Some places show off this history especially well. "Trinidad is a remarkable place geologically," Sue remarked. "The bedrock that underlies the region of Trinidad and the eastern part of McKinleyville, and Blue Lake to Willow Creek, consists of what's called the Franciscan Formation. Its name comes from the Bay Area, and it describes a very mixed assemblage of rocks, including those that formed in the deep ocean, the shallow ocean margin, volcanic rocks we think formed on the sea floor, rocks that formed deep in the earth's crust---all mixed together."
Many of the large offshore rocks and seastacks at Trinidad are examples of Franciscan Formation, and they are hundreds of millions of years old. Some may have been pushed up from the ocean floor and have been standing where they stand today for tens of thousands of years.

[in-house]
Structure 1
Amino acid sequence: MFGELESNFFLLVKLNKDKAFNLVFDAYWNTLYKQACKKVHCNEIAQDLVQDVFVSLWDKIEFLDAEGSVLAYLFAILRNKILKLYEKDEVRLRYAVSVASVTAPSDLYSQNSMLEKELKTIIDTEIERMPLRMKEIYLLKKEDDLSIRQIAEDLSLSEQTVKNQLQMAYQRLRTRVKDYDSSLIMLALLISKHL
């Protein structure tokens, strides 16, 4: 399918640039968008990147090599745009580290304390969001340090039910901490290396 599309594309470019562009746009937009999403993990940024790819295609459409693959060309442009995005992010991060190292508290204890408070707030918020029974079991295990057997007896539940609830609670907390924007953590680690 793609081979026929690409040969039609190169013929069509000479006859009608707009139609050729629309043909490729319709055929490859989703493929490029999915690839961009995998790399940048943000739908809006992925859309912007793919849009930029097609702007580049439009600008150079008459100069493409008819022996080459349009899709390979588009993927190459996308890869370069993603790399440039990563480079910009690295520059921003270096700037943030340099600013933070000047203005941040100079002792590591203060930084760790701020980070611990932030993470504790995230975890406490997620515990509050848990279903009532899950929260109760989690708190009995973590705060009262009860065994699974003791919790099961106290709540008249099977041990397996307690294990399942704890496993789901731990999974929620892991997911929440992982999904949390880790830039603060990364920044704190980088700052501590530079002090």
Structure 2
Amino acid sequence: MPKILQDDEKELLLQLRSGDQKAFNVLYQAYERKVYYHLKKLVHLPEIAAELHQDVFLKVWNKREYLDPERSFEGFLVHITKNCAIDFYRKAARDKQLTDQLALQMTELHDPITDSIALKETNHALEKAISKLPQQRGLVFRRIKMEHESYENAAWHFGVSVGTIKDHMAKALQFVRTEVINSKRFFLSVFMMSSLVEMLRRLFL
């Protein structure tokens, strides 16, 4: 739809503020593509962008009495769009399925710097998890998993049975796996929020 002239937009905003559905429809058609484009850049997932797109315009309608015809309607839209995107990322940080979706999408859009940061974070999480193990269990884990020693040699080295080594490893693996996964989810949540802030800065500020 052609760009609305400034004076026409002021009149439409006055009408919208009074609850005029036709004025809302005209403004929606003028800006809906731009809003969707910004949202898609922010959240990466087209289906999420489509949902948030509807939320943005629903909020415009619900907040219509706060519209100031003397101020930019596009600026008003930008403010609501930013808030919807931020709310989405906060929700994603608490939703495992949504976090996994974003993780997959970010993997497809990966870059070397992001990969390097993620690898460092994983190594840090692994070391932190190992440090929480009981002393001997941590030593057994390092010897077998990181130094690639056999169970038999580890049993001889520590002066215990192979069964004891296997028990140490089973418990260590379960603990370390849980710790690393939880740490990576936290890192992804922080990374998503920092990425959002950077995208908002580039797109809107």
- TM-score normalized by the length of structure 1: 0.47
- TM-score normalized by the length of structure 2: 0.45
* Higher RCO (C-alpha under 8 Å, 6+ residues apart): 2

"This very mixed sandwich of rock we think were gradually accreted over long periods of time at the continental margin, where the oceanic crust is thrusting under the edge of the continent." But there's also part of Trinidad that's considerably younger.
"Marine terraces were formed by the ocean, both beveling off a flat surface because of wave action, then depositing sand on top of it. As the crust is being worked in an active tectonic setting, these old wave-cut platforms are raised upward. Basically these are old beaches that have been moved above sea level---and the town of Trinidad is sitting on one of them." So while some of the offshore rocks at Trinidad are 70 to 150 million years old, the flat surface where the town of Trinidad sits is about 60 thousand years old. "That's two different time frames contributing to Trinidad's interesting geologic history."
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